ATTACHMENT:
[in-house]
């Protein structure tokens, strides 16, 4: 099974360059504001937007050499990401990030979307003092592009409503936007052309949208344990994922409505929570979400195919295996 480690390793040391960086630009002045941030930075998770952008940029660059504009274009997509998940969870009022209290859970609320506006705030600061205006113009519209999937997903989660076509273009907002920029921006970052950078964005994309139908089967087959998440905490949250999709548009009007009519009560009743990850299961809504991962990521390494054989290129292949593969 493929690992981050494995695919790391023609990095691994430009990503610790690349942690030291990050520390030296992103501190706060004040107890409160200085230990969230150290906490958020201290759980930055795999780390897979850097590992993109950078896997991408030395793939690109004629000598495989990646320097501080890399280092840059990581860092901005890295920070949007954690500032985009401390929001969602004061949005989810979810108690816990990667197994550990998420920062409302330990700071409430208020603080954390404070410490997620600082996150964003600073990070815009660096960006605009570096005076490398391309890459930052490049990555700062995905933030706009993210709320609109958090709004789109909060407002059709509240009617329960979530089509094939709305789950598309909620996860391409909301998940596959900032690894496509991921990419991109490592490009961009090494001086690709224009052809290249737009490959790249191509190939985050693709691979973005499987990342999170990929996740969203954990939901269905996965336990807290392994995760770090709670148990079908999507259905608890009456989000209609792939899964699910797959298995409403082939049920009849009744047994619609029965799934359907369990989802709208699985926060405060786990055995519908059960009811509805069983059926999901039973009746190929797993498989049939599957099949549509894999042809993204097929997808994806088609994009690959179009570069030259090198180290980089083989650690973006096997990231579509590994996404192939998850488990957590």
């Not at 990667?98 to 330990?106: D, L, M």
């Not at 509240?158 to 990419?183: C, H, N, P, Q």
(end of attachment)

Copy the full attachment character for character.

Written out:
[in-house]
């Protein structure tokens, strides 16, 4: 099974360059504001937007050499990401990030979307003092592009409503936007052309949208344990994922409505929570979400195919295996 480690390793040391960086630009002045941030930075998770952008940029660059504009274009997509998940969870009022209290859970609320506006705030600061205006113009519209999937997903989660076509273009907002920029921006970052950078964005994309139908089967087959998440905490949250999709548009009007009519009560009743990850299961809504991962990521390494054989290129292949593969 493929690992981050494995695919790391023609990095691994430009990503610790690349942690030291990050520390030296992103501190706060004040107890409160200085230990969230150290906490958020201290759980930055795999780390897979850097590992993109950078896997991408030395793939690109004629000598495989990646320097501080890399280092840059990581860092901005890295920070949007954690500032985009401390929001969602004061949005989810979810108690816990990667197994550990998420920062409302330990700071409430208020603080954390404070410490997620600082996150964003600073990070815009660096960006605009570096005076490398391309890459930052490049990555700062995905933030706009993210709320609109958090709004789109909060407002059709509240009617329960979530089509094939709305789950598309909620996860391409909301998940596959900032690894496509991921990419991109490592490009961009090494001086690709224009052809290249737009490959790249191509190939985050693709691979973005499987990342999170990929996740969203954990939901269905996965336990807290392994995760770090709670148990079908999507259905608890009456989000209609792939899964699910797959298995409403082939049920009849009744047994619609029965799934359907369990989802709208699985926060405060786990055995519908059960009811509805069983059926999901039973009746190929797993498989049939599957099949549509894999042809993204097929997808994806088609994009690959179009570069030259090198180290980089083989650690973006096997990231579509590994996404192939998850488990957590």
């Not at 990667?98 to 330990?106: D, L, M």
């Not at 509240?158 to 990419?183: C, H, N, P, Q």